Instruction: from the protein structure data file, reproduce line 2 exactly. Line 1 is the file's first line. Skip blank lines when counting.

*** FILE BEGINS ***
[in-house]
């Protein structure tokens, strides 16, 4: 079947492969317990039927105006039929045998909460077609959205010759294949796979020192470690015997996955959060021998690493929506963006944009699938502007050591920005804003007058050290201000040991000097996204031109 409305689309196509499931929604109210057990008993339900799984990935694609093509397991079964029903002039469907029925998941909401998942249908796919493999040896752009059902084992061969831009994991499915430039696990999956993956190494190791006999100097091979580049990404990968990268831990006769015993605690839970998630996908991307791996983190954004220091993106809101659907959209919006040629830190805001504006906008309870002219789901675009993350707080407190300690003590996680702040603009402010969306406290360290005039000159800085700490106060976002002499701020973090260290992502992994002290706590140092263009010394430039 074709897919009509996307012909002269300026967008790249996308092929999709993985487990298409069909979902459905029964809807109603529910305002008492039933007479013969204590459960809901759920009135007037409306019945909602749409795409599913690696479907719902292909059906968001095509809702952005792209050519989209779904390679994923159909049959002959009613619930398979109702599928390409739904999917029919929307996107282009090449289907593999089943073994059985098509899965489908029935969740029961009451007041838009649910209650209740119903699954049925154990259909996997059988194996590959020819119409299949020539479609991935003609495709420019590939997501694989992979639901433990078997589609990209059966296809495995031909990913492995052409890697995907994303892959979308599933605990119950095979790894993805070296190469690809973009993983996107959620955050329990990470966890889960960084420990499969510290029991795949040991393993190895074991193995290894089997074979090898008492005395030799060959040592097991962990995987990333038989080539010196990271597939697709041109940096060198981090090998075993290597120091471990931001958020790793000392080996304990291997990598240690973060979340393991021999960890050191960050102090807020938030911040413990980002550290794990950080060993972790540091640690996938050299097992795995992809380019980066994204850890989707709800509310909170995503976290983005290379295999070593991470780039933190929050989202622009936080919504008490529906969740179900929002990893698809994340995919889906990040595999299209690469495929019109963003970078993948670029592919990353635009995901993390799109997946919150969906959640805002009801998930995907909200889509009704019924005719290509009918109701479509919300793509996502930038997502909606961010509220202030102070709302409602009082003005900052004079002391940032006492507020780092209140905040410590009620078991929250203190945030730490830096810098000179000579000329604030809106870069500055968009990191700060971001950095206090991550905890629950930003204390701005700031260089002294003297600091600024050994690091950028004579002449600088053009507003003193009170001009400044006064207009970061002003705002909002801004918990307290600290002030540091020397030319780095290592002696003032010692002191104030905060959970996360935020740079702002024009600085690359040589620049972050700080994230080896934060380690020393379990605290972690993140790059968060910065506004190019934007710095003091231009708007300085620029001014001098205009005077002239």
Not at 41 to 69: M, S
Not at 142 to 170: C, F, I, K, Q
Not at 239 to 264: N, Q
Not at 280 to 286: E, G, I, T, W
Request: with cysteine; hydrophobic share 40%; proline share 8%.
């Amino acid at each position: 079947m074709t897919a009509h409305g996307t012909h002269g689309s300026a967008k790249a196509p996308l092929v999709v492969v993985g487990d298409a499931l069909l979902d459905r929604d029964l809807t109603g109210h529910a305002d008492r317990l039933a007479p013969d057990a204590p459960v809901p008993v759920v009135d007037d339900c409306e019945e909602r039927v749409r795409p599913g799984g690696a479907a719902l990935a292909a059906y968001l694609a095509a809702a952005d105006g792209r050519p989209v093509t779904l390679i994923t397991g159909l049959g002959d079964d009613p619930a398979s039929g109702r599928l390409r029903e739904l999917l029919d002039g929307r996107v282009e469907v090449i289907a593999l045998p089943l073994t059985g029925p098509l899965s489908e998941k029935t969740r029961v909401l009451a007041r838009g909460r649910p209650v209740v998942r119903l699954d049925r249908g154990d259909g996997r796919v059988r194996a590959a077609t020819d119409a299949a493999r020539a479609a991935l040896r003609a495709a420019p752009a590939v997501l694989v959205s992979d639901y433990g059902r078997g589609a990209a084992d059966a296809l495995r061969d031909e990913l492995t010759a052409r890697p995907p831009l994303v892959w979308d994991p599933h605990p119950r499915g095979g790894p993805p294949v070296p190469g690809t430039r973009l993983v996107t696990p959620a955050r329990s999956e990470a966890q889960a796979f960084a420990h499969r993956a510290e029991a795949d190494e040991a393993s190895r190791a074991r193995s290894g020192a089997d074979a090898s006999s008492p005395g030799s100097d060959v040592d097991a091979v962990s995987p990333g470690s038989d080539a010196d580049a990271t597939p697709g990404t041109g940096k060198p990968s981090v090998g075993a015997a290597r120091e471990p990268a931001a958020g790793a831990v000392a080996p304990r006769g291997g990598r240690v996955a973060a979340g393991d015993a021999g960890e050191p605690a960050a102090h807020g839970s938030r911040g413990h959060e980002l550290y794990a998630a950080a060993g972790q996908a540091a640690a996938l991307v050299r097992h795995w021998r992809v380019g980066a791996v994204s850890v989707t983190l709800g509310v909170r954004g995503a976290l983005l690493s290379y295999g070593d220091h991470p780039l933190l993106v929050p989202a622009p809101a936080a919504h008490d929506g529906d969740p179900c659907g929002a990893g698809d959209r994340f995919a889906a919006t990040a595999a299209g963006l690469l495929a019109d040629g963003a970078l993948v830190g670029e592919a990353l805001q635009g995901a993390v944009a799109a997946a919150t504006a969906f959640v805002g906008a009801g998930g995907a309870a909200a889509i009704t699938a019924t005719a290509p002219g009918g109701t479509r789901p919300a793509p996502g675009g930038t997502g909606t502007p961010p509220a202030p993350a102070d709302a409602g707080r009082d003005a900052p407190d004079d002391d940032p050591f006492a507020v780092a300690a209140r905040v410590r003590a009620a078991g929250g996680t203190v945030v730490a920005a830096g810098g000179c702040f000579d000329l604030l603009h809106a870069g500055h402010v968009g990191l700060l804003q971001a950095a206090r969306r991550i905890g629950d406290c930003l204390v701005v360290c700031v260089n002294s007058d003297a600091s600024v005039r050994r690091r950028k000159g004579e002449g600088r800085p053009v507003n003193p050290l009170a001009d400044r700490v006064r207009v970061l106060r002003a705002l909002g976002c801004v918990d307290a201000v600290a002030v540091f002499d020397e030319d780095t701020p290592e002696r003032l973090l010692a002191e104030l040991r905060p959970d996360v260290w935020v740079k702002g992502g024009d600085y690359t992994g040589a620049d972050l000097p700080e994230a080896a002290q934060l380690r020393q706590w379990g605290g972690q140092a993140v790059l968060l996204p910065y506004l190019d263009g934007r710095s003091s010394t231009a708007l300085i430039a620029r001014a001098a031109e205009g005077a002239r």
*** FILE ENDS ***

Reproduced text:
């Protein structure tokens, strides 16, 4: 079947492969317990039927105006039929045998909460077609959205010759294949796979020192470690015997996955959060021998690493929506963006944009699938502007050591920005804003007058050290201000040991000097996204031109 409305689309196509499931929604109210057990008993339900799984990935694609093509397991079964029903002039469907029925998941909401998942249908796919493999040896752009059902084992061969831009994991499915430039696990999956993956190494190791006999100097091979580049990404990968990268831990006769015993605690839970998630996908991307791996983190954004220091993106809101659907959209919006040629830190805001504006906008309870002219789901675009993350707080407190300690003590996680702040603009402010969306406290360290005039000159800085700490106060976002002499701020973090260290992502992994002290706590140092263009010394430039 074709897919009509996307012909002269300026967008790249996308092929999709993985487990298409069909979902459905029964809807109603529910305002008492039933007479013969204590459960809901759920009135007037409306019945909602749409795409599913690696479907719902292909059906968001095509809702952005792209050519989209779904390679994923159909049959002959009613619930398979109702599928390409739904999917029919929307996107282009090449289907593999089943073994059985098509899965489908029935969740029961009451007041838009649910209650209740119903699954049925154990259909996997059988194996590959020819119409299949020539479609991935003609495709420019590939997501694989992979639901433990078997589609990209059966296809495995031909990913492995052409890697995907994303892959979308599933605990119950095979790894993805070296190469690809973009993983996107959620955050329990990470966890889960960084420990499969510290029991795949040991393993190895074991193995290894089997074979090898008492005395030799060959040592097991962990995987990333038989080539010196990271597939697709041109940096060198981090090998075993290597120091471990931001958020790793000392080996304990291997990598240690973060979340393991021999960890050191960050102090807020938030911040413990980002550290794990950080060993972790540091640690996938050299097992795995992809380019980066994204850890989707709800509310909170995503976290983005290379295999070593991470780039933190929050989202622009936080919504008490529906969740179900929002990893698809994340995919889906990040595999299209690469495929019109963003970078993948670029592919990353635009995901993390799109997946919150969906959640805002009801998930995907909200889509009704019924005719290509009918109701479509919300793509996502930038997502909606961010509220202030102070709302409602009082003005900052004079002391940032006492507020780092209140905040410590009620078991929250203190945030730490830096810098000179000579000329604030809106870069500055968009990191700060971001950095206090991550905890629950930003204390701005700031260089002294003297600091600024050994690091950028004579002449600088053009507003003193009170001009400044006064207009970061002003705002909002801004918990307290600290002030540091020397030319780095290592002696003032010692002191104030905060959970996360935020740079702002024009600085690359040589620049972050700080994230080896934060380690020393379990605290972690993140790059968060910065506004190019934007710095003091231009708007300085620029001014001098205009005077002239």